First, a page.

I write to speak my truth

by Huma Munshi

Who am I to demand, to desire, to dream?
Who am I to think, to create, to break?
Who am I to lie naked, to arch my back?
Who am I to breathe, to live?
Who am I?
Who am I?[1]

Shonda Rhimes, creator of TV shows Scandal and Grey’s Anatomy was recently quoted as saying

“Different voices make for different visions. Different visions make for something original. Original is what the public is starving for.”

She couldn’t be more right.

A homogenous white commentariat does no one any favours.  It provides an outsiders’ account on the experiences and issues BAME communities face; it talks about us and therefore takes away our agency to inform discussions. This is not to suggest that the white commentariat remain silent on these matters, rather opportunities and spaces should be given for diverse voices to be heard. Ask us about our experiences as women of colour on issues such as tackling violence against women and girls, mental health, the niqab ban, gender segregation – all these affect us. Do not speak about us, without us.

This recent article by Laurie Penny has caused a furore. The furore started almost immediately and some wondered what all the fuss was about, after all it was just about hair wasn’t it? Having considered it for 3 days many seem to have concluded that by writing only about her experience as a white, middle class, cisgender woman she has (unwittingly) contributed to what has always been tacitly understood in the mainstraeam media ‘her (white middleclass) narrative is the “norm” narrative.’ Yes it’s unintentional. Yes she meant nobody any harm. Yes she should speak her truth. However the furore is no surprise. Her article and others like it just add fuel to the increasingly vocal rebellion against the erasure of the experiences of people of colour, trans people and other marginalised groups.

As a young woman growing up in a strict Muslim household, it was strictly forbidden for me to cut my hair. When I left, I chopped off my long long plait in an act of defiance, It was exhilarating. Fuck the restrictions and rules, but how would the New Statesman or its readers know that?

With a word limit of 1000 or similar it’s going to be hard to fit in all experiences. To avoid questions such as “What of the experience of other people of colour? Black women and their relationship to their hair?  Other people of faith? Visible trans women?” It’s time editors admitted there is another narrative and they’re doing a disservice to their readers by not giving that narrative a platform too.

‘All voices can speak, but only few are heard. Amplification is tied to prestige, meaning that where you publish – and what privileges you already have – gives your words disproportionate influence.’ Sarah Kendzior

For women of colour, who are often marginalised, writing provides us with the space to tell our stories and speak our truth. Without such a space, other people tell our stories; often skewed; often with racist and imperialist connotations, both “othering” us and silencing us.

For survivors of abuse, writing takes on an even greater importance. It is a way to understand trauma and with the safety provided by time and distance, reflect on deeply suppressed emotions. Without undergoing this process, supressed feelings are often recycled which can lead to destructive cycles of behaviour.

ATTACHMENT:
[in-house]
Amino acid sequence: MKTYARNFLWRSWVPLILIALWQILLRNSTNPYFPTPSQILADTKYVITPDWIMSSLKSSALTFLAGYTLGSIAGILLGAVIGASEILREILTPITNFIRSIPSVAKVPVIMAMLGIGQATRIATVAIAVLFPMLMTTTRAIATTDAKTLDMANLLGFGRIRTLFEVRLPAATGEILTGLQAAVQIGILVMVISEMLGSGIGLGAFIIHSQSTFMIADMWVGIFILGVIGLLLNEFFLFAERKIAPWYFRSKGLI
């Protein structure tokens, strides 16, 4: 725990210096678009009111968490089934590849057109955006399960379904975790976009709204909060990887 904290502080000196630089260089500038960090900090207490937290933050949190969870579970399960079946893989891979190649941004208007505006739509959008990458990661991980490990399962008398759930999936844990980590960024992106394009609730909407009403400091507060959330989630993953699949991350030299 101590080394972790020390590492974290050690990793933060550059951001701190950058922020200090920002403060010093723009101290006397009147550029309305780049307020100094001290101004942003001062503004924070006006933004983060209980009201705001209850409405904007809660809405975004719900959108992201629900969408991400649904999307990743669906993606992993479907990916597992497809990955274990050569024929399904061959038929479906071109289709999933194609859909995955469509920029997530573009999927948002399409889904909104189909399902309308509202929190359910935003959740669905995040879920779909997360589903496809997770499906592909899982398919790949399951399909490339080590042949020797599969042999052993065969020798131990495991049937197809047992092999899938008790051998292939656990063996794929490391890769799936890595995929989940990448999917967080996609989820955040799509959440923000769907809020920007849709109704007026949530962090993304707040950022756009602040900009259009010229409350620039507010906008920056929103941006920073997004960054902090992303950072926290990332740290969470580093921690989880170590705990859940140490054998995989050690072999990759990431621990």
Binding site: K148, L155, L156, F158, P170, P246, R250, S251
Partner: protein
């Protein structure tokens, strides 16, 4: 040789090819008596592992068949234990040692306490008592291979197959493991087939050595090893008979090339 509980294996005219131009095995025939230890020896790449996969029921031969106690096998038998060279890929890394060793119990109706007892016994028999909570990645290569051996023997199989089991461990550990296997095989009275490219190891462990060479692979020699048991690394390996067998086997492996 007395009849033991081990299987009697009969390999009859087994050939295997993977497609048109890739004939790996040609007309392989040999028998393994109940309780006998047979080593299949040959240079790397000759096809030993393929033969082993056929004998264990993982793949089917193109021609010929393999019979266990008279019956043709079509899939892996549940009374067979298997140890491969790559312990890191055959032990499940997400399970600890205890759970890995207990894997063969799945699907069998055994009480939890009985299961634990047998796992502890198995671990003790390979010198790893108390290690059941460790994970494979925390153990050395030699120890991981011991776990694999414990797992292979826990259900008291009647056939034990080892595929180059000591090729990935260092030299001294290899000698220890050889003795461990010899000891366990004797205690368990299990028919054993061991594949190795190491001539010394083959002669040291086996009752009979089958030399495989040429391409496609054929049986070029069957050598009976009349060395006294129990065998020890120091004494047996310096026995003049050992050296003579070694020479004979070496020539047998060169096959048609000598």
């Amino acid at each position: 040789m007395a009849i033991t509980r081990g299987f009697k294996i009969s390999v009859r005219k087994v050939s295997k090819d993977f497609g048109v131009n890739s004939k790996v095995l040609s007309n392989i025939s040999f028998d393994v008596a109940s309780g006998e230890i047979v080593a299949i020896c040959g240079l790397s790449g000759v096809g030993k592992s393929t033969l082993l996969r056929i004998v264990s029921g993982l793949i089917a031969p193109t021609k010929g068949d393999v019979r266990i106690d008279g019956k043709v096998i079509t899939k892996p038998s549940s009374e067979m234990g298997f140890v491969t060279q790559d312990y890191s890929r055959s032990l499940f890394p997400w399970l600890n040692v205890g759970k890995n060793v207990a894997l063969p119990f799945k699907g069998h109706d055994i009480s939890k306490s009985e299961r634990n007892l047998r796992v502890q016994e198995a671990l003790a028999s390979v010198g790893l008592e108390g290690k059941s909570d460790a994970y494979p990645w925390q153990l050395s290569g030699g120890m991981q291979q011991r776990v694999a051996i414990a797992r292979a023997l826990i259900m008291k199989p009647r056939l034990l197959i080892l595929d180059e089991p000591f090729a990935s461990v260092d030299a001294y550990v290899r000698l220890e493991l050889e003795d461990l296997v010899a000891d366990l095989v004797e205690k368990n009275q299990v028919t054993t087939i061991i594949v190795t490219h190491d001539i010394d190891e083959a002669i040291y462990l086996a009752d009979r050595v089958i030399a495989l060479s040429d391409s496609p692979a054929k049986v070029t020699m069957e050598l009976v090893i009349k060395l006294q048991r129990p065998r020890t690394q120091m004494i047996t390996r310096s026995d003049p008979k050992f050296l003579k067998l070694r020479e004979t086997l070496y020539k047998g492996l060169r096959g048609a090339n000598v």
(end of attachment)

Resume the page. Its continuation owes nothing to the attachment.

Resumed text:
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It is for these reasons that the anthology of short stories and poetry, produced by Muslim Women’s Network (MWN), will be an invaluable resource to highlight the experiences of Muslim women. The above verse is from a poem I submitted to the anthology giving voice to my own experiences of surviving and recovering fromhonour” based violence.

The publication will cover a breadth of topics as varied as social inclusion and exclusion, domestic violence, female genital mutilation, forced marriage, polygamy, sexual abuse and mental health. You can donate to their crowd funding  initiative to enable MWN to publish the anthology and give a space for Muslim women to share their stories.

The anthology and similar spaces, such as Media Diversified, provide opportunities and avenues for women (and people) of colour to have our voices heard. At a time when BAME people are under-represented in the media industry by a magnitude of over 300%, safe spaces are invaluable to get our voices heard. Indeed it is through engagement with other activists and survivors that I was able to challenge my own feelings of shame and share my story.

It is also critical that we as women, we as Muslims and we as people of colour challenge oppressive practices within our own communities. It is the silence that provides tacit legitimacy for such things to remain unchallenged. As Unheard Voices (a report on the prevalence of sexual abuse within Asian and Muslim communities) documents, notions of honour and shame are a barrier for victims to access support. The evidence in the report also highlighted that there were cases where parents sought to hide incidences of abuse to protect their so-called honour and standing within the community.

All these issues make it abundantly clear that we need diverse voices in the media.

As many doors remain closed within the mainstream media, I wholeheartedly embrace the opportunities provided by the blogosphere and other publications to speak my truth.

To contribute to Muslim Women’s Network Fund for the anthology on the experiences of Muslim women, please donate here .


[1] Who Am I to Say No, Huma Munshi for the Muslim Women’s Network